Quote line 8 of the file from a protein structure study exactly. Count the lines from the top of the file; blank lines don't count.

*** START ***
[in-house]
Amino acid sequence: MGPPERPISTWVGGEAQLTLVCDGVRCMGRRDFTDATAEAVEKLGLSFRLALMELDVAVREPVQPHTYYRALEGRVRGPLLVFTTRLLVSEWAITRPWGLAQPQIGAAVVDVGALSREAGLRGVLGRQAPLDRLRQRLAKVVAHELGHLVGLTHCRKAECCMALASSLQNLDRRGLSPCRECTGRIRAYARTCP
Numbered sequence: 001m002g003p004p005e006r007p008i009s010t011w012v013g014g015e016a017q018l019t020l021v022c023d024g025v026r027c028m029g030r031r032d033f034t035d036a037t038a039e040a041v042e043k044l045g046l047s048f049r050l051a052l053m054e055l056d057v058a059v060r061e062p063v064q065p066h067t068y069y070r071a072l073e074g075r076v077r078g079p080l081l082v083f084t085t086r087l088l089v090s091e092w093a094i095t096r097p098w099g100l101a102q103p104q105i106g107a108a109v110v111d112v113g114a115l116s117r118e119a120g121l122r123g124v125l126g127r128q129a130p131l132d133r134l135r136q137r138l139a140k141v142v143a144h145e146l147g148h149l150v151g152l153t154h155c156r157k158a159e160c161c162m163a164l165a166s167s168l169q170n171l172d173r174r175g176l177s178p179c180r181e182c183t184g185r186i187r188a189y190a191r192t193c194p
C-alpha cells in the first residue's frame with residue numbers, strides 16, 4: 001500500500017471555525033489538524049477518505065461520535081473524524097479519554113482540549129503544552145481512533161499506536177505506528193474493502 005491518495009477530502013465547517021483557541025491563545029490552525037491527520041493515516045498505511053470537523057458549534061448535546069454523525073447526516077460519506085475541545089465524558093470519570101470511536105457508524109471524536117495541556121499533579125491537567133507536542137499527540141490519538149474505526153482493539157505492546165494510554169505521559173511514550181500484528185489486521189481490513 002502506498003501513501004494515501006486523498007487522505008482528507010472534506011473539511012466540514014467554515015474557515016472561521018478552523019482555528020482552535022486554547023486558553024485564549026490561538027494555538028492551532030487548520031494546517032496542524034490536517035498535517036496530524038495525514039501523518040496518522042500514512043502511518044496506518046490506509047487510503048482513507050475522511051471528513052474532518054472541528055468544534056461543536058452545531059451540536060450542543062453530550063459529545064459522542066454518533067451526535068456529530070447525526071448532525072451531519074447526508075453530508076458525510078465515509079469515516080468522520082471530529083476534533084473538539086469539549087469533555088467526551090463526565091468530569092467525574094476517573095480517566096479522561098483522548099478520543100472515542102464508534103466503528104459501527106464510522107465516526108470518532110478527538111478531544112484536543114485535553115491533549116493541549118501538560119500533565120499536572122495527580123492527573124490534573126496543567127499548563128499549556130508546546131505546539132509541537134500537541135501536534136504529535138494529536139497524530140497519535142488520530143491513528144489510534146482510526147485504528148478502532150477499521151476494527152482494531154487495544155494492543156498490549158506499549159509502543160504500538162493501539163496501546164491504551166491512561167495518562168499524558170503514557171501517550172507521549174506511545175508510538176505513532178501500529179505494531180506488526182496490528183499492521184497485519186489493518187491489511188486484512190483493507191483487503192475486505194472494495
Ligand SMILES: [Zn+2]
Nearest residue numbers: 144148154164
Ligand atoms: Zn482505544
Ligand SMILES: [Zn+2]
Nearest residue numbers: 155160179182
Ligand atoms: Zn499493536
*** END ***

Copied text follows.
Ligand SMILES: [Zn+2]